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Round and round with a skeptic
Jonathan Pait
May 10, 2005

I found it interesting that a number of people took time to look me up on the Internet so they could send me their thoughts on a statement I made recently in the Washington Post.

In secular schools, they say, “Let's use science to discover the unknown truth,” Pait says. “We say, ‘We know the truth - how does this glorify the truth, who is God?’"

The point I was making is that Christians are not a relativists.  We believe there is Truth.  The truths we learn in the sciences – which are many with a myriad of truths yet to be discovered – help us to better understand Truth.  However, a relativistic educational philosophy teaches that we cannot know Truth.  Life is only a collection of truths with no complete conclusion.  The quest for knowledge is the principle thing.  It doesn’t matter that the quest will never end.

A gloating skeptic looked me up on the Internet to tell me, “Good.  Finally a fundamentalist who admits to how his religious agenda distorts science in support of preconceived conclusions!”

I couldn’t resist responding, “I would simply reply that your secularist agenda distorts science in support of a preconceived conclusion that there is no God.”

That did not make him very happy.

He responded in part,

…science draws conclusions about the natural world based on scientific method – its conclusions follow the evidence, not the other way around.

You on the other hand begin with conclusions and then selectively interpret evidence to support those conclusions.  That’s not science.

Finally, the conclusions of (true) science will be the same, whether or not those practicing the science believe in the existence of God.

I concluded our exchange with the following:

The bottom line is that the "unknown truth" is actually a belief that absolute truth doesn't exist – perhaps the more correct term would have been the “unknowable truth.”  The search is never ending.  We believe in absolute truth and that science does not have to be incompatible with that truth.  We are not afraid of science and learning.  It is incredible to learn more about this world God has made and those things we learn make his creation that much more wonderful to us.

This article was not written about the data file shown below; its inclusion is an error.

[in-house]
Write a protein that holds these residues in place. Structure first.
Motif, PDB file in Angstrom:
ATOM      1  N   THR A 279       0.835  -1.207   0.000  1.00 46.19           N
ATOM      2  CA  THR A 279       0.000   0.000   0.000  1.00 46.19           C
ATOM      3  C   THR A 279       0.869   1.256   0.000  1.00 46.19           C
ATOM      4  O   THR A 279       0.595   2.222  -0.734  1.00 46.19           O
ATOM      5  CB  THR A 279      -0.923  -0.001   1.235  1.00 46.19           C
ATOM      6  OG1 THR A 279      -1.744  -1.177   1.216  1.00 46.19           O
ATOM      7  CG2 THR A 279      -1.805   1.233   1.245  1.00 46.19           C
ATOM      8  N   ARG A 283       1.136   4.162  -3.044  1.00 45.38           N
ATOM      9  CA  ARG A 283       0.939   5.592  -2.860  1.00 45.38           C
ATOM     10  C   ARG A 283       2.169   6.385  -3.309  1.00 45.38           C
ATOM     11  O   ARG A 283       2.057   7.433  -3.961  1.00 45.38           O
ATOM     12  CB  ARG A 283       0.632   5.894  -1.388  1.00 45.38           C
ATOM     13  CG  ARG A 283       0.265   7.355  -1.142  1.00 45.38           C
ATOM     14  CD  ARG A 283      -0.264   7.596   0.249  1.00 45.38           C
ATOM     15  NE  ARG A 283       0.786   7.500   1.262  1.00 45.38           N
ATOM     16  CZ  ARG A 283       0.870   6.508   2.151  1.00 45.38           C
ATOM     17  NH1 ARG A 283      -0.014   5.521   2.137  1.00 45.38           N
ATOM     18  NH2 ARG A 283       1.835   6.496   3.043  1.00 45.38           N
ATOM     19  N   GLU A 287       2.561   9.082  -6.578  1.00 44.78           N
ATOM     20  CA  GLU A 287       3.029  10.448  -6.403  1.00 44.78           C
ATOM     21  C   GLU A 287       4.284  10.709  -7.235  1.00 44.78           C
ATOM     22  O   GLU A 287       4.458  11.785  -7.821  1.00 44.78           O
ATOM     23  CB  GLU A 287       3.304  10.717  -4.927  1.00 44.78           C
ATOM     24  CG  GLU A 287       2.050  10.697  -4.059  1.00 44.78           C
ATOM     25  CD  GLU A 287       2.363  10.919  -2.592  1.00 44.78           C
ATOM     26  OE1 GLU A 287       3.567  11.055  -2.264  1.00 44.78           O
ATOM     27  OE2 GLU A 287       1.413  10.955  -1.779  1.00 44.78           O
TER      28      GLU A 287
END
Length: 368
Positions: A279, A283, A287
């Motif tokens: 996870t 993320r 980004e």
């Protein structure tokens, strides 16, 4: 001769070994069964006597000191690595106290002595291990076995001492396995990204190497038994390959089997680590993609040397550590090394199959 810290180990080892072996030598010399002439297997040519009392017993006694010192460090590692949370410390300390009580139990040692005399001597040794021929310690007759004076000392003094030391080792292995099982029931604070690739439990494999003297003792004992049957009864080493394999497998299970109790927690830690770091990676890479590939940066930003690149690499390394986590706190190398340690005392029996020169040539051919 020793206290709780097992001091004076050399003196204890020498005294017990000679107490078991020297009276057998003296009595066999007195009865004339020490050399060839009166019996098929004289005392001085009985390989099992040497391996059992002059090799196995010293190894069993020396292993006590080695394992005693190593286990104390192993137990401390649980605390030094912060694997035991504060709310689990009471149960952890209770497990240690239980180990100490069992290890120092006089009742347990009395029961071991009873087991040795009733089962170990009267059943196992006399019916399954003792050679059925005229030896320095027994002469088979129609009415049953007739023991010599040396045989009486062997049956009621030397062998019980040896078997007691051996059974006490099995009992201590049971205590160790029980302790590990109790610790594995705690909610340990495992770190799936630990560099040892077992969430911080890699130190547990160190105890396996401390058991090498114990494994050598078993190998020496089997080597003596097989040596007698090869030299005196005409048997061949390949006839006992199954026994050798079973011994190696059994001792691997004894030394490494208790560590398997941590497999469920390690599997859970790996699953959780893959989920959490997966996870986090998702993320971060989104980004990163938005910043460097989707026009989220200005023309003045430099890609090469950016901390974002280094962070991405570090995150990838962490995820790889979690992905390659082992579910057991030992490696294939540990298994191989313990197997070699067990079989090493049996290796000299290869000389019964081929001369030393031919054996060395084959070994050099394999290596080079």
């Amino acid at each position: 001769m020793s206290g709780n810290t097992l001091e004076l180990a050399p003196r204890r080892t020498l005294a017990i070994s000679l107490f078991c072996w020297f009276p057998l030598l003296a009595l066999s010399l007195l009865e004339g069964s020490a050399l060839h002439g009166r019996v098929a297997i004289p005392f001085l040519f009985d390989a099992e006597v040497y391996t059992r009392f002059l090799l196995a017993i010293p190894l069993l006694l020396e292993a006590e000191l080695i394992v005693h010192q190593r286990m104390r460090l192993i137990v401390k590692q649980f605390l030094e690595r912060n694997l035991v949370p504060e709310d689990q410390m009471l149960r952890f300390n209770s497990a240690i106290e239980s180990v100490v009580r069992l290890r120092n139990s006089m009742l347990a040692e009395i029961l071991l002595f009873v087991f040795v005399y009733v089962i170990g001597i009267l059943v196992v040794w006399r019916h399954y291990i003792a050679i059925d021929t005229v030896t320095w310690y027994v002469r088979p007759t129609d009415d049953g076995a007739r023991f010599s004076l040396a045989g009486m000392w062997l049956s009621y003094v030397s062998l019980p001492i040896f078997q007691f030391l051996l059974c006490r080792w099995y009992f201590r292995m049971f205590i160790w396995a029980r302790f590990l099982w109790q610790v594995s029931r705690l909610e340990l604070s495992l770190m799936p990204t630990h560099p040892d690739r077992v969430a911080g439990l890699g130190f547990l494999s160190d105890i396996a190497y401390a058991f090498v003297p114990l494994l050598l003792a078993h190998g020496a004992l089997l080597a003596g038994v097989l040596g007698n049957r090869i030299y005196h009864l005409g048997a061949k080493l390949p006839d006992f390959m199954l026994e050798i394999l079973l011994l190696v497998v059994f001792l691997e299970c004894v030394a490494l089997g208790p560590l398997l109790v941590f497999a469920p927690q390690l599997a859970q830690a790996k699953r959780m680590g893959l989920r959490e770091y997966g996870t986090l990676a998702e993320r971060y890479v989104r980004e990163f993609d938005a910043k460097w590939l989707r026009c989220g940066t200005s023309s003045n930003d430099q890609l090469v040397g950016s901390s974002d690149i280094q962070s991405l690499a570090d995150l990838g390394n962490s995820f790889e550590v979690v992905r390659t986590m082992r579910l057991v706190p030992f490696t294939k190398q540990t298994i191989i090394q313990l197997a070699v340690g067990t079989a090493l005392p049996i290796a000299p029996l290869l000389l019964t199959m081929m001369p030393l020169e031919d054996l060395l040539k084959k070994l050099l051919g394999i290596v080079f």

I agree one hundred percent that science draws conclusions about the natural world based on the scientific method.  You'll receive no argument from me on that.  However, there is as much evidence to support the concept of a divine creation as there is that everything just happened by chance.  No proof using the scientific method is available to support either side of the origins argument.  Indeed the evolutionist does exactly what you have accused the creationist of, "selectively interpreting the evidence."

Both of us simply draw conclusions about how things might have come about by looking at existing data.  It is just we Christians are willing to admit that our conclusions are colored by a belief in God.  You all are unwilling to admit your conclusions are colored by a belief that there is no God.

Creationists can become top rate biologists, chemists and leaders in any field of science.  Why?  It is because the scientific method only reveals what is.  It cannot answer the question of origins.  We are on a level playing field with you guys when it comes to practical sciences.  And think about it, when it comes to succeeding in your field, isn’t that really all that is important?  Do you really care if your doctor is an evolutionist or a creationist?  Does believing evolution somehow make him a better doctor? 

The only place creationists cannot seem to succeed is in the temple of the academic world.  It is because in that realm there is the litmus test of belief in the never proved concept of evolution.  Indeed it isn't true science that is important in the academy; it is the unswerving belief in a hypothesis that can never be questioned - nor proven.  Hmmmmm, sounds a lot like faith to me.

I agree also with your statement that true science will be the same whether or not those practicing the science believe in the existence of God.  However, not everything passed off as "true" science is.

To all my skeptic friends out there, I realize I will never convince you – or you me, but it is nice to be reminded of the arguments of the other side from time to time.  Happy hunting as you search for that unknowable truth that you will never find.

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Ah, the certainty of faith! BTW, why is faith needed if it is absolutely the truth? Can't you faith folks come up with any evidence? Or, is a game of godly hints that you just enjoy playing?  . . .

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